The third means continuing and expanding the life-work of Marissa’s family, a hallmark of which is the Associated Marine Officers and Seaman’s Union of the Philippines (Amosup), the largest union of seafarers in the world founded and headed by her father, Captain Gregorio S. Oca.

Marissa plans to publish all ten winning stories as full color illustrated children's books. This time, the books might turn out to be more thought provoking and meaningful for seafarer children and their families. In the previous year, the rules specified: “The theme must be something that seafarers’ families---especially children---can identify with. The story must . . . resonate well with children whose fathers are mostly away at sea.” This year, the rules also stated that “bonus points and a greater chance of winning will be given to positive, sensitive, and creatively child-appropriate stories that deal with difficult seafarer family issues like relatives, in-laws, neighbors, troubled teens, money management, parental infidelity, sibling rivalry, resentment, anger, alienation, abandonment, illness, and others.”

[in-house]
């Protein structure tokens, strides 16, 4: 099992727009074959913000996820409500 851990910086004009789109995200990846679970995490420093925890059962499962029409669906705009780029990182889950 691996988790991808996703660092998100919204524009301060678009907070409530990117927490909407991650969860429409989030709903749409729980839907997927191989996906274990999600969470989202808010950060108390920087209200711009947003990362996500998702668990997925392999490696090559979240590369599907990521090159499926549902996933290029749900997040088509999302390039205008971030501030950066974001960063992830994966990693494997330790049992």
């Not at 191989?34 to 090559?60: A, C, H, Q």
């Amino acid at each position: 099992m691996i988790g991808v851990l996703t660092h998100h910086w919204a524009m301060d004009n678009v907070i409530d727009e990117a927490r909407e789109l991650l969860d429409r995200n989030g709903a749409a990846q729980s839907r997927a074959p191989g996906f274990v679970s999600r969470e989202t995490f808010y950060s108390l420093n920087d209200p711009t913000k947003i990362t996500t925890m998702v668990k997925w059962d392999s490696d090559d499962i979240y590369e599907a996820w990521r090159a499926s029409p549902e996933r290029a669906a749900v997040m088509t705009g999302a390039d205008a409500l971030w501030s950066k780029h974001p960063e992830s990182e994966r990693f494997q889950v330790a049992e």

All in all, the storywriting contest received more than a hundred and fifty stories. The judges were Karina Africa Bolasco, children's book author and Publishing Manager of Anvil Publishing, Inc.; Neni Sta. Romana Cruz, children's author, book reviewer, educator, and Chairman of the National Book Development Board (NBDB); and Beaulah Pedregosa Taguiwalo, children's illustrator and Regional Advisor for the Society of Children’s Book Writers & Illustrators (SCBWI).

For inquiries about the Gig book project,
or visit

For inquiries about GASFI,
or visit

Friday, April 13, 2012

Webquest and Pathfinder: The Teenagers Guide to Meaningful Research